By Akane Otani
International Business Machines Corp.’s stock is falling. Again.
The tech company, whose shares have declined steadily since peaking in 2013, slid 11% Friday after reporting a drop in sales for every quarter of 2020.
The stock move puts IBM’s performance among Dow components in a familiar spot: at the bottom.
IBM was the single biggest drag on the blue-chip index between its climb from 20000 in January 2017 to 30000 last November, according to a Dow Jones Market Data analysis. Although the stock market rose to numerous records over that time, IBM shares fell, shaving 367 points off the Dow.
The trend has persisted since then, with IBM ranking among the worst-performing Dow components since the 30000 milestone.
If IBM were a different company — say, an oil producer, regional bank or airline — its underperformance might not be as surprising. But its business lies squarely in technology. That makes its fall from the biggest U.S. company in the 1980s to yearslong underdog all the more of an anomaly in an era when investors have handsomely rewarded technology stocks of all stripes — from industry-dominating companies like Apple Inc., Amazon.com Inc. and Microsoft Corp. to newer public-market entrants like exercise bike maker Peloton Interactive Inc. and Etsy Inc., the online retailer selling everything from macramé plant hangers to kitschy birthday cards.
For context, IBM has a market capitalization of about $119 billion, according to FactSet. That is a fraction of Apple’s $2.3 trillion and Amazon and Microsoft’s $1.7 trillion.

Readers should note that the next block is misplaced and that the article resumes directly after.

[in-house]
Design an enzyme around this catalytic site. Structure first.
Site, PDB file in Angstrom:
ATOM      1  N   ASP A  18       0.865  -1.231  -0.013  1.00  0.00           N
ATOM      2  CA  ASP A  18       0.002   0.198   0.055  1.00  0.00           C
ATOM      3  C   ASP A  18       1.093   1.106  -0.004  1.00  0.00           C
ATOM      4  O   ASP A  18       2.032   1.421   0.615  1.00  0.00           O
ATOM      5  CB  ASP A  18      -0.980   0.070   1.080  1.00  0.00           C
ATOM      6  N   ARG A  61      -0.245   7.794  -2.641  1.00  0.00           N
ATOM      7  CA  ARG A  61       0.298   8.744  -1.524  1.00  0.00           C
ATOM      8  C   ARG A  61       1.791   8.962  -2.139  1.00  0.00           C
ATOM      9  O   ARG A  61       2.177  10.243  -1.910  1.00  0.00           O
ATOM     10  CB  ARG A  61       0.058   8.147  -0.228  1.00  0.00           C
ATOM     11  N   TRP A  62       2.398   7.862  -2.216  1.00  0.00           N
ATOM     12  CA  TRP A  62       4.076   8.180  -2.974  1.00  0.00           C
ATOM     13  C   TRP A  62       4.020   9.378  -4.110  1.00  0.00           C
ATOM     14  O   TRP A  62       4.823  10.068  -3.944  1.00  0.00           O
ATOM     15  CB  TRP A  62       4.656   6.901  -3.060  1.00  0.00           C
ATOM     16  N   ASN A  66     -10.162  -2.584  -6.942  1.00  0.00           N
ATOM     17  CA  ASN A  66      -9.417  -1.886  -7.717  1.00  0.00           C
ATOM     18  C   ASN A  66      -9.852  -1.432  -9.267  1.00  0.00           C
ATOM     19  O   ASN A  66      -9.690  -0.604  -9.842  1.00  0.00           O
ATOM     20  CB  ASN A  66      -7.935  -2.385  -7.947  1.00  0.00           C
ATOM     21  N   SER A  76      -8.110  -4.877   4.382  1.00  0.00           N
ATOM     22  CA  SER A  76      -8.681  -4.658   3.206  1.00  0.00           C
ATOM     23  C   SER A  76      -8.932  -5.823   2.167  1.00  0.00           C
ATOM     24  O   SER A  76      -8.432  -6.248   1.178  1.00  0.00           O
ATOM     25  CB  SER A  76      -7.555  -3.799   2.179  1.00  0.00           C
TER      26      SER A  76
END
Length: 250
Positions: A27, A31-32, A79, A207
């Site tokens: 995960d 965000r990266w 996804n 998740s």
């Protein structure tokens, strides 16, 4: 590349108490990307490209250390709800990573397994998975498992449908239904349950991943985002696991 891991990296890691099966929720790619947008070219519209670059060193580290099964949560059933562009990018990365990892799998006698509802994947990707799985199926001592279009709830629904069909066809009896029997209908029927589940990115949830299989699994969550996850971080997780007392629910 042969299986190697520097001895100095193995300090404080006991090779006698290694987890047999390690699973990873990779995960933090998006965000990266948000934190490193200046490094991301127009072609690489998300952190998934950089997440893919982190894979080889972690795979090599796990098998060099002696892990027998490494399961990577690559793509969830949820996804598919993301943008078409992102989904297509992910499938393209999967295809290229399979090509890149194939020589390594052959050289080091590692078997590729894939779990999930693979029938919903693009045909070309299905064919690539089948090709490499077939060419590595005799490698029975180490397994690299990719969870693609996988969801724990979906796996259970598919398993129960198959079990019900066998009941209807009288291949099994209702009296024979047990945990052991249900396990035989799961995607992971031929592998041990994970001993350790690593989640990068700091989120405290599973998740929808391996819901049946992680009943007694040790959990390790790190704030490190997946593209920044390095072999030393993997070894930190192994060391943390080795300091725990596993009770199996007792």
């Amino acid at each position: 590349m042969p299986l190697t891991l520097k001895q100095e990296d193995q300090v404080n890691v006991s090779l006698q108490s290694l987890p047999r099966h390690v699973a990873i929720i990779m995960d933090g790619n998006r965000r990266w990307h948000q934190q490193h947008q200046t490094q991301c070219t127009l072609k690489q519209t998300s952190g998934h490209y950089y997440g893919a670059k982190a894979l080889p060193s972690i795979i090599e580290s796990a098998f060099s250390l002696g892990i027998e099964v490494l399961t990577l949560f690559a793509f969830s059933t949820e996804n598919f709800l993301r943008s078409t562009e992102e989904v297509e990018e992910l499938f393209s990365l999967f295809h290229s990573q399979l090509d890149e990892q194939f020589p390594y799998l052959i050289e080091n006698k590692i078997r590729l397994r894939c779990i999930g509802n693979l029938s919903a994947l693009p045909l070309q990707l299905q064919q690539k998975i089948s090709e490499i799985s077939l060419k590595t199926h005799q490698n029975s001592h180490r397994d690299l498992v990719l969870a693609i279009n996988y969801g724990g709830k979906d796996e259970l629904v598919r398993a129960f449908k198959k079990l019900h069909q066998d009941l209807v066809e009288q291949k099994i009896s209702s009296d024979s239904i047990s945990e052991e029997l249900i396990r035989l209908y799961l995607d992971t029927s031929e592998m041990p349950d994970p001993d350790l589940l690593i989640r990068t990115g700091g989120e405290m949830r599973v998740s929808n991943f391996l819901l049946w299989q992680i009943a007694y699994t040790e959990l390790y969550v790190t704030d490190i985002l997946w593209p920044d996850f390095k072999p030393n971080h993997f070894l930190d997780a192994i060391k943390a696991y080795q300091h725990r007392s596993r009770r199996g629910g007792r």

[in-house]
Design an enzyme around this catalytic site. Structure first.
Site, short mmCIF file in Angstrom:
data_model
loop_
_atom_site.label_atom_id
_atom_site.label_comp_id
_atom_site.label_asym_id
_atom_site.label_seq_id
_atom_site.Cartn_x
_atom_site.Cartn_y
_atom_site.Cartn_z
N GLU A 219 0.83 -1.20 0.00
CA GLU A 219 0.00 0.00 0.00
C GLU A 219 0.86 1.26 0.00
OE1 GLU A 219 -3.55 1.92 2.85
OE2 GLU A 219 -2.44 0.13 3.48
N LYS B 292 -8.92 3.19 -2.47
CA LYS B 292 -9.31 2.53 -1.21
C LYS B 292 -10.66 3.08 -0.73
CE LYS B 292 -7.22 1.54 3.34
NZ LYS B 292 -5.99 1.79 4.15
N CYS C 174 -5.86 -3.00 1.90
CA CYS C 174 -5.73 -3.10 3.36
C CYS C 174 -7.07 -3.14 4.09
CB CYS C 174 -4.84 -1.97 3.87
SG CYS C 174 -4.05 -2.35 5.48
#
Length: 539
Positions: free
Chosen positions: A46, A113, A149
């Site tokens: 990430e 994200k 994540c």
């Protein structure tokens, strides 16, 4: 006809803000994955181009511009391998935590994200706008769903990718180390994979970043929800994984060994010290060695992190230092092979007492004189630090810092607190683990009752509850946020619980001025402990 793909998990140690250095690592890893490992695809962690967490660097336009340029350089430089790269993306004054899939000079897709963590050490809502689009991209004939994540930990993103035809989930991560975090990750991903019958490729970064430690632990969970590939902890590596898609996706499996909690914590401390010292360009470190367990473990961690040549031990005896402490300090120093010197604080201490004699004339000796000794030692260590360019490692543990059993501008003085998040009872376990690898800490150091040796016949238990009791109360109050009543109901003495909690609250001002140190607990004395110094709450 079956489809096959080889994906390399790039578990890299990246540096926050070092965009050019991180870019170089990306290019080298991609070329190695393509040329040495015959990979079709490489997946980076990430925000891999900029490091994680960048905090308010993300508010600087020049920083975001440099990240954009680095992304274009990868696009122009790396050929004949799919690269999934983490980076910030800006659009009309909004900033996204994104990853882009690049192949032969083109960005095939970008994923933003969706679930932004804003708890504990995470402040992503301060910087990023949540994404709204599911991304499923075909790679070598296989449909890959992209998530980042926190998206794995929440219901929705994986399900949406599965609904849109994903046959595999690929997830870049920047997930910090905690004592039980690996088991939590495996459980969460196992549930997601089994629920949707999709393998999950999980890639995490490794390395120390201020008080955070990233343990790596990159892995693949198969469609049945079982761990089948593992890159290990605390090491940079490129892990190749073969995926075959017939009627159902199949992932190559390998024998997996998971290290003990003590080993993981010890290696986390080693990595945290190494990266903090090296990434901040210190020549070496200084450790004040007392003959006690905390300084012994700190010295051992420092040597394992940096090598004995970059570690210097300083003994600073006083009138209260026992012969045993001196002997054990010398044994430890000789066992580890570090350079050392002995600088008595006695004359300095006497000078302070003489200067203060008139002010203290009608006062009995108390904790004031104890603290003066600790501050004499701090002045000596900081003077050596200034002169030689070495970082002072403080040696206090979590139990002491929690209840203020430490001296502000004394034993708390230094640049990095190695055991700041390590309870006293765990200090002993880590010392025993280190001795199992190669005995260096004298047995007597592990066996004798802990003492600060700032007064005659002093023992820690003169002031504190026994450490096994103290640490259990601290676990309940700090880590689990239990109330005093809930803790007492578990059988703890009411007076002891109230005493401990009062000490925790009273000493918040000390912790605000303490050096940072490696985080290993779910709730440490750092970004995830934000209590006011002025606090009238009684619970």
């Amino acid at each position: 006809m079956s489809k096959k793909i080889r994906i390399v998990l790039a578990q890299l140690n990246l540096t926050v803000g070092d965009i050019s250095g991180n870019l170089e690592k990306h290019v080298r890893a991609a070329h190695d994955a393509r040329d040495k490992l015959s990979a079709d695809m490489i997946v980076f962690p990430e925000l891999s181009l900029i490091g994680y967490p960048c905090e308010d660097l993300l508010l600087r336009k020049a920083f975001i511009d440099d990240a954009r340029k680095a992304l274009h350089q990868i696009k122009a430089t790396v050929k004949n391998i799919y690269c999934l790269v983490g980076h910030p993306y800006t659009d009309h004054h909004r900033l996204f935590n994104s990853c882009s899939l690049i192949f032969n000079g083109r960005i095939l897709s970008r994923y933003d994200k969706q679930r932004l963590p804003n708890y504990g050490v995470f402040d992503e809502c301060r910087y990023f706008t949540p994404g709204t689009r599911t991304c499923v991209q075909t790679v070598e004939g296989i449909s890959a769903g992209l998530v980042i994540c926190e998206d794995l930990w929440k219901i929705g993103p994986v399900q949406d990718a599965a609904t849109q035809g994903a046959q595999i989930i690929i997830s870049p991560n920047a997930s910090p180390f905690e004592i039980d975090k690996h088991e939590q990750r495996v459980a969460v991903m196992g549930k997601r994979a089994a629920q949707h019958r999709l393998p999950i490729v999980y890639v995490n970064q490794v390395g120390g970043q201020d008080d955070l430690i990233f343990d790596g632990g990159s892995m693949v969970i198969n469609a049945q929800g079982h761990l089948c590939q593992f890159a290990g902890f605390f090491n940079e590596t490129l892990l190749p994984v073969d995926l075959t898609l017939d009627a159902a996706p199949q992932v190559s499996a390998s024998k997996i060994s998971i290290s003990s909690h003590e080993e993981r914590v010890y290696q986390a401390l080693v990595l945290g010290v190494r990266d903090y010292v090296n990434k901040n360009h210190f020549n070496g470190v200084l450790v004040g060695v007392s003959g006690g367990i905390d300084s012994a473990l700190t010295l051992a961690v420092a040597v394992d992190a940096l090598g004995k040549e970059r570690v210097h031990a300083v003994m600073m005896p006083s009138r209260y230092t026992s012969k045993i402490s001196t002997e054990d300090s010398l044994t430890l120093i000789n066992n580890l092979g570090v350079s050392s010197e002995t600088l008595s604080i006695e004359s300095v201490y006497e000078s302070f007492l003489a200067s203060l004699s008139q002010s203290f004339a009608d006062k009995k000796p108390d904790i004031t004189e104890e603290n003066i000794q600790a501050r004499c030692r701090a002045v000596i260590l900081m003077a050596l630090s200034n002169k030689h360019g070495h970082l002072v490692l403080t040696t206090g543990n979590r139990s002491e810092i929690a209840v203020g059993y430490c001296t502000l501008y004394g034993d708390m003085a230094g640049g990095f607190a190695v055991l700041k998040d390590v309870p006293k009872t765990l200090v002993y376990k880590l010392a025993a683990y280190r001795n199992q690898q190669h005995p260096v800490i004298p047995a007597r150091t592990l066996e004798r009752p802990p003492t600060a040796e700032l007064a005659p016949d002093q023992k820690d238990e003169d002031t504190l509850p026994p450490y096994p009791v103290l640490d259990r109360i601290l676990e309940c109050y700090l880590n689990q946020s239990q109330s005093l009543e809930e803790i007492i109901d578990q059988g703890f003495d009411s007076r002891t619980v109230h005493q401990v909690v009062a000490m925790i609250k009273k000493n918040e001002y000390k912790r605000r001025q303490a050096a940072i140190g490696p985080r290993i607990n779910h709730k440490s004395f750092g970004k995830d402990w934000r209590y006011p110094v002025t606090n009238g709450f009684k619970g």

The simple answer for IBM’s stock performance? It hasn’t delivered the growth expected of technology companies. Although IBM snapped a 22-quarter streak of falling sales in January 2018, briefly reviving some investors’ hopes for a successful turnaround, it has largely failed to post strong results since then, trailing behind rivals like Amazon and Microsoft in the cloud computing business.
Chief Executive Arvind Krishna has said he is confident IBM’s renewed focus on artificial intelligence and hybrid cloud platform will allow it to return to revenue growth in 2021. Between that and encouraging increased risk-taking among employees, IBM “will look different at the end of the year,” he said.
But Friday’s stock slide shows investors are skeptical.
So while the run-up in technology shares has been nothing short of eye-catching, Big Blue’s woes show that investors are far from indiscriminate buyers.
There’s a cautionary tale in it all, one analyst said.
“We’re in this weird time where some of these tech names and their moats seem totally impenetrable,” said Ross Mayfield, an investment strategy analyst at Baird. “But as entrenched as we think the FAANG names are, all you have to do is take a look at IBM to know that can change.”
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(END) Dow Jones Newswires